Few powerful foreign rice importers in Liberia with the aid of officials have earned huge fortune in decades via a scheme that beats away competitors mainly Liberians leaving them as the sole lords in a multimillion-dollar market.
Rice is Liberia staple food. About 300,000 metric tons or 12,000,000 (twelve million) bags are consumed yearly, according to the Ministry of Commerce and Industry. This means if a bag is sold at the minimum price of $20 United States dollars, the cartel (a group of four foreign importers) will be reaping a massive $240,000,000 (two hundred and forty million United States dollars in 12 months.
The cartel’s flourishing state is credited to a system wherein these Lebanese merchants control all warehousing facilities at the Free Port of Monrovia through lease agreements with port officials. Why? Owning a warehouse is a precondition for obtaining a rice importation license or Import Permit Declaration (IPD) from the Ministry of Commerce.
Once the warehouses are captured, no importer will be allowed in the rice market, hence the oligopoly.
An oligopoly is a structure wherein a market or industry is dominated by a small number of large sellers or producers resulting from various forms of collusion that reduce competition and impose higher prices.
New Democrat understands a certain individual in the erstwhile Johnson Sirleaf administration was receiving one United States dollars on every bag of rice imported into the country. It is not clear who in the Weah’s government is benefiting from such deal.
Breaking the cartel
Commerce and Industry Minister Wilson Tarpeh told New Democrat the George Weah administration is working to eliminate the practice. New warehousing lease agreements with the National Port Authority will not permit complete takeover by a select group of people, according to Tarpeh.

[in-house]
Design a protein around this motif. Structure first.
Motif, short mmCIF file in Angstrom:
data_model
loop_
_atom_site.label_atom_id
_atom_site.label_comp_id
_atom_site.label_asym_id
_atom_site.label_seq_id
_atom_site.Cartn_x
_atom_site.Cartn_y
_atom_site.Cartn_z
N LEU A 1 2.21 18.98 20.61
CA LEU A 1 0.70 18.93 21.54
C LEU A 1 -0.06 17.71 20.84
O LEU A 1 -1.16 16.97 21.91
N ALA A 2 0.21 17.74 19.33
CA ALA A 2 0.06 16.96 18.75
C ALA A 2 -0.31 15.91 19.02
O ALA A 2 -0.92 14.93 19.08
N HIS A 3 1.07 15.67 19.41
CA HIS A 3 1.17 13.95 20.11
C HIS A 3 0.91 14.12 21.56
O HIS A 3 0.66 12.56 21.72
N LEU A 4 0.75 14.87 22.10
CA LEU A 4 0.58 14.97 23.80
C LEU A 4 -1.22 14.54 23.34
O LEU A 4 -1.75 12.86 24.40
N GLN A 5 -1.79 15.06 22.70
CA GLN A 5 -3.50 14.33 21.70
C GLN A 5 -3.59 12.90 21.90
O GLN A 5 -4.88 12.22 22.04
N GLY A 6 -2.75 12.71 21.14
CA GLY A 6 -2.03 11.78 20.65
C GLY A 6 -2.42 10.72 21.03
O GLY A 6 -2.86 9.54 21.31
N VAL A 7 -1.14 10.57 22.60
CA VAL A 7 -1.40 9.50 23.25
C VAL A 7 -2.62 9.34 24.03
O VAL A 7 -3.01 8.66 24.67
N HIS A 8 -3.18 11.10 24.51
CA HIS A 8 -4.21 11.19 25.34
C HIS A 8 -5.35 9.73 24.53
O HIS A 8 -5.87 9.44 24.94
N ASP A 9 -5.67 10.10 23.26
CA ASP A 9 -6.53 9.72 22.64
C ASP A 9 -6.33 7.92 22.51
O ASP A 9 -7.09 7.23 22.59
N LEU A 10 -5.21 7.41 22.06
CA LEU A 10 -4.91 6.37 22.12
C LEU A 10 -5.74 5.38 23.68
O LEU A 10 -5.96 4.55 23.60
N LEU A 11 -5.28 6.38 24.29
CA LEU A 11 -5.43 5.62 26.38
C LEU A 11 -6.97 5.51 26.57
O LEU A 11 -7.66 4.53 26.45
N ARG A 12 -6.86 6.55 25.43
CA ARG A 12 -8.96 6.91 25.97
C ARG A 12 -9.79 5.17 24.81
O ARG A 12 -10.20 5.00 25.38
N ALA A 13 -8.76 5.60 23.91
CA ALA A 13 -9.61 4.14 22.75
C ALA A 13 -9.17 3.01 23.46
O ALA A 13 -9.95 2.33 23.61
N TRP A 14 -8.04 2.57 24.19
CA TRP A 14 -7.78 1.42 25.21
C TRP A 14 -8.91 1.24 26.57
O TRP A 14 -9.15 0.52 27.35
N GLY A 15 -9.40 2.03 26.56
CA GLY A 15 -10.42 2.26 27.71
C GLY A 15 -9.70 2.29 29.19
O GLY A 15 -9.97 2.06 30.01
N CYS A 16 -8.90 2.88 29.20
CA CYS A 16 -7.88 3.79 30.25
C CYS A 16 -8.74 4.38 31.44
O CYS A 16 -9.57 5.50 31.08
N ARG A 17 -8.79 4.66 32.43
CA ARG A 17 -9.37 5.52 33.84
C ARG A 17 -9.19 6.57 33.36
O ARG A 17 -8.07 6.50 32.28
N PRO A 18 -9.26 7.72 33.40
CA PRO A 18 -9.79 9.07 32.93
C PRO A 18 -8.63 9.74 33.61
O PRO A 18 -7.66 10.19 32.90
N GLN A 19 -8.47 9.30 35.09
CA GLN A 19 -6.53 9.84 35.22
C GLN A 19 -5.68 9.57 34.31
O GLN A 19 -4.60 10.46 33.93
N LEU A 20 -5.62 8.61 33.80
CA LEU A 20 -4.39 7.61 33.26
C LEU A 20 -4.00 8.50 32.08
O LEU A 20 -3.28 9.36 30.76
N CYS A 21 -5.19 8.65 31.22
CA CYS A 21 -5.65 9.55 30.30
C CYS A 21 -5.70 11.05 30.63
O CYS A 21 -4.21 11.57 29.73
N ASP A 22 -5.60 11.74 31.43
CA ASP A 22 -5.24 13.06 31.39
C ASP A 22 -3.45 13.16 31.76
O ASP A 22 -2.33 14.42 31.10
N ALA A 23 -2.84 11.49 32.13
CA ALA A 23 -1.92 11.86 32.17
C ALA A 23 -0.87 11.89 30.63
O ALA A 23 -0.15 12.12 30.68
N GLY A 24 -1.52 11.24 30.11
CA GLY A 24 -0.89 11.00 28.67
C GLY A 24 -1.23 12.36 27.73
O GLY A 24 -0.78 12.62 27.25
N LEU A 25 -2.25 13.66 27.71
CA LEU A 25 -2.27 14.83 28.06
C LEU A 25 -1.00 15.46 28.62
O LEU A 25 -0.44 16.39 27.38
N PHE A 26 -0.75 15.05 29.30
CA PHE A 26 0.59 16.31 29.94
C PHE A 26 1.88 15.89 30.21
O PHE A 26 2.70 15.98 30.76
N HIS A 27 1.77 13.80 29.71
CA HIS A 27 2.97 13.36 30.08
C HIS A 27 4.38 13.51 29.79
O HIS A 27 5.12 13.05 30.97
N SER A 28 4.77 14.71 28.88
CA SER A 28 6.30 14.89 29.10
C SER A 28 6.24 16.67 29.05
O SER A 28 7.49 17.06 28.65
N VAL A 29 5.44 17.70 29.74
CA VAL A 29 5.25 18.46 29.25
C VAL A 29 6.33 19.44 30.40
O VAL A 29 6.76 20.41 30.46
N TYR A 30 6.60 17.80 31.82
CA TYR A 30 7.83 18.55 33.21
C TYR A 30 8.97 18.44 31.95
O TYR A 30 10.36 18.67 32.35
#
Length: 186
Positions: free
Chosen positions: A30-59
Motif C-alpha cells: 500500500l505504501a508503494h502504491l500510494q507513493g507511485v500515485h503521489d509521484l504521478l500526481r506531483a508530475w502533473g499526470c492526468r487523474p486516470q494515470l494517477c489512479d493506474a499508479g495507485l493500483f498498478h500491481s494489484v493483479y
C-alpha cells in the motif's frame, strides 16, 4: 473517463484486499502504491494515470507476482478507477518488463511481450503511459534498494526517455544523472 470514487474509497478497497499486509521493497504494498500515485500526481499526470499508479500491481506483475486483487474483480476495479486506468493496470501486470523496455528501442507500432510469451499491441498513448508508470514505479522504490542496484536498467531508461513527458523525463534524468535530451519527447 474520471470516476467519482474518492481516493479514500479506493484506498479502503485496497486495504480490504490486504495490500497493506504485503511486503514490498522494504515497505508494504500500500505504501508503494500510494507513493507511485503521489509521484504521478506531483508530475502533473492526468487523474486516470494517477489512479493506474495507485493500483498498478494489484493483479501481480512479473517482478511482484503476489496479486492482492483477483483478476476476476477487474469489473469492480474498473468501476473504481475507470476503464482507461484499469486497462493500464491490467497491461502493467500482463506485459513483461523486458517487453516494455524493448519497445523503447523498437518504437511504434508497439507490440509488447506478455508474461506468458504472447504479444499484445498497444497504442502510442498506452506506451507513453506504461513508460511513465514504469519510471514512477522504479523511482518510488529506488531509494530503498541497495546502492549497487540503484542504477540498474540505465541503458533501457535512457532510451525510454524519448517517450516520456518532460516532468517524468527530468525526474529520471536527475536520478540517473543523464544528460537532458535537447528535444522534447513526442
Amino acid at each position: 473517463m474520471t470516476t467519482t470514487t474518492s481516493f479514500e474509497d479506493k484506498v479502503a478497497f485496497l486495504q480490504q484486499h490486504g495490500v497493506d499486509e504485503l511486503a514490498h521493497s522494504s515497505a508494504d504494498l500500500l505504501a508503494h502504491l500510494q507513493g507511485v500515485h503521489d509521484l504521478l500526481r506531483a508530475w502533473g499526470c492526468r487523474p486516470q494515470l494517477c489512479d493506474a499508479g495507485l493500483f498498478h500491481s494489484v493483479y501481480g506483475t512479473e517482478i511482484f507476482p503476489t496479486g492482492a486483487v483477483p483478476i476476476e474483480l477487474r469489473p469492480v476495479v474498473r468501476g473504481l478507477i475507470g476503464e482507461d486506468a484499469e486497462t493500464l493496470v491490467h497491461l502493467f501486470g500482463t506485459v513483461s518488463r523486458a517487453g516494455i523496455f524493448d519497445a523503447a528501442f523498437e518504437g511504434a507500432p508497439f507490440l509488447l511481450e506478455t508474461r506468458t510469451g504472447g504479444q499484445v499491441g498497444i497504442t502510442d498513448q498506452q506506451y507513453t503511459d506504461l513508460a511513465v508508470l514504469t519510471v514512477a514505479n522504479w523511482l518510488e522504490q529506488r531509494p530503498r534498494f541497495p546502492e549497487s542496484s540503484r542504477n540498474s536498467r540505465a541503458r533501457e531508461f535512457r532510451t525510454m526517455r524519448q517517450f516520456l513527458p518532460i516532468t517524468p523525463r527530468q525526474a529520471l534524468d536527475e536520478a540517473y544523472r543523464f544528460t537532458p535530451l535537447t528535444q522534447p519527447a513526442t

“The structure is wired against Liberians,” he said.
“To unwire that, you have to go to where the major problem is and the major problem is the warehousing and the financing. On the issue of the financing we have tried to have a loan program to assist them [Liberians].
He explained ‘When we took over the importation of rice was limited to effectively four companies and we decided as a government to open the market up just as we did with frozen food and other markets.
‘We [Liberians] consume on an annual basis 240, 000 metric tons to 300,000mt. That’s anywhere between 9,600,000 bags of rice to 12,000,000 bags a year.
‘Bringing the rice is not as simple as it should be. You must have the financing and the warehouse. The warehousing structure is usually at the port. Almost all the warehousing at the port are own by non-Liberians.
‘What we are doing now is to work with the National Port Authority to restructure the entire warehousing arrangement. Meaning that warehousing must now be available or enter a specific arrangement where when a Liberian brings in rice he/she can have a warehouse.’
The National Port Authority (NPA) established in the 1970s after the Americans built and surrendered the facility controls a multi million dollar landed properties occupying an estimated 100 acres.
Writes Festus Poquie